The above preview is unformatted text

This student written piece of work is one of many that can be found in our AS and A Level Political Philosophy section.

Found what you're looking for?

  • Start learning 29% faster today
  • 150,000+ documents available
  • Just £6.99 a month

Not the one? Search for your essay title...
  • Join over 1.2 million students every month
  • Accelerate your learning by 29%
  • Unlimited access from just £6.99 per month

See related essaysSee related essays

Related AS and A Level Political Philosophy essays

  1. Accounts for the changes in voting behaviour in the last 30 years in UK ...

    and the BSAS (The British Social Attitudes Surveys) that have given Psephologists valuable information and statistics which enables them to better understand the voting behaviour of an individual. With this brief insight into the origins into the changes views, opinions of the electorate voting behaviour and the organisations that study such changes.

  2. To what extent do recent elections in the UK and the USA support the ...

    Conservatives therefore held a grip on the prosperous South increasing their share of the working class vote meanwhile Labour dominated the areas of economic decay and decline. Most commentators have therefore indicated a loosening of traditional ties with parties, by citing that a smaller percentage of the electorate conforms to

  1. Is the labour party a socialist party.

    by socialism, and therefore it can go against the principles of socialism, whilst supporting them. The labour party says that as a democratic socialist party, they welcome people from 'all walks of life' to be members, but most of their current members are from a middle-class background.

  2. This essay is going to give a general introduction of party systems first, then ...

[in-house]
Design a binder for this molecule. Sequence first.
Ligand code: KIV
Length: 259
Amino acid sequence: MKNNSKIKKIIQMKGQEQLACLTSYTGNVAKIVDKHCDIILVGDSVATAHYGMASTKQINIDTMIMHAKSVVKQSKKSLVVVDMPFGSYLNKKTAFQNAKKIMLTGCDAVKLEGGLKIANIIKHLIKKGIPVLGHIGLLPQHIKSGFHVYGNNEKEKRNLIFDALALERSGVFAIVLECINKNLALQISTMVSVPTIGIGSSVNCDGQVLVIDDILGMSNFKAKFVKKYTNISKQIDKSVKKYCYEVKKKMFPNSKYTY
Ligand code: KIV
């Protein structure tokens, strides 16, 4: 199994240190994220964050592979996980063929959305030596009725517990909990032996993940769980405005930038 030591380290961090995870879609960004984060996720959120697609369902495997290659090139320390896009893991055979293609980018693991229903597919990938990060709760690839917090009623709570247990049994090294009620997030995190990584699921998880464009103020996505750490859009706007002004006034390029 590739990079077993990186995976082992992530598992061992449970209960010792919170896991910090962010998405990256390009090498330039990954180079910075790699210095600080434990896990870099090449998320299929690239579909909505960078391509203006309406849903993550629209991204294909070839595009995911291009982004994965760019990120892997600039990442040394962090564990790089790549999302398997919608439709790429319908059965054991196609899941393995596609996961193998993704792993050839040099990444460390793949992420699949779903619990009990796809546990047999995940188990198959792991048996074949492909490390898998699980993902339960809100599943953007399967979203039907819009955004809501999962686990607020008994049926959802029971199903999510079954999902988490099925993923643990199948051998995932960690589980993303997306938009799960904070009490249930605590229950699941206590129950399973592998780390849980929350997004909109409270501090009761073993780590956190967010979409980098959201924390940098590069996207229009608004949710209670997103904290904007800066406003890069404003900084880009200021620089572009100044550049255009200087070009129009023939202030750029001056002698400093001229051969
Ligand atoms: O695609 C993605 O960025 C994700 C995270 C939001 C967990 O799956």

The lack of formal membership leads to a lack of control on entering party activities and less income to support the party activities. Secondly, the party power in the US system is quite decentralized. National parties have little control on election, as there are different laws, citizens with different culture-religious

  1. Compare and Contrast the Classical Liberal position with the Conservative position on the issue ...

    they feel would be an 'ideal world' is significantly influenced by how the people take 'action' to social changes, the type of questions they ask and what they see as the most suitable intervention (Cooper, 2004; Heywood, 2003). By outlining the core values, future goals, strategies and method of actions

  2. Compare and contrast Pluralist and Ruling Elite accounts of political power.

    This means that, in theory, anybody anywhere in the state can decide that they do not feel they, or their minority are being represented properly in the government and so run for office.

  1. Russia's Political Party System as an Obstacle to Democratization

    Those changes also shaped the incentives for elite action in ways that have led away from the development of a well-structured party system. Until the party system re-establishes its links with society and the incentives of party elite behavior are shaped by the need to promote societal interests rather than

  2. Legacies of the totalitarian system and the political transformation of Romanian society after 1989.

    In 1950, Ceausescu was transferred minister of the Ministry of Armed Forces, with special responsibility for the "Higher Political Directorate of the Army", the party body set up to bring into being a People's Army. It was in this capacity that Ceausescu served an invaluable apprenticeship for ensuring his complete

  • Over 160,000 pieces
    of student written work
  • Annotated by
    experienced teachers
  • Ideas and feedback to
    improve your own work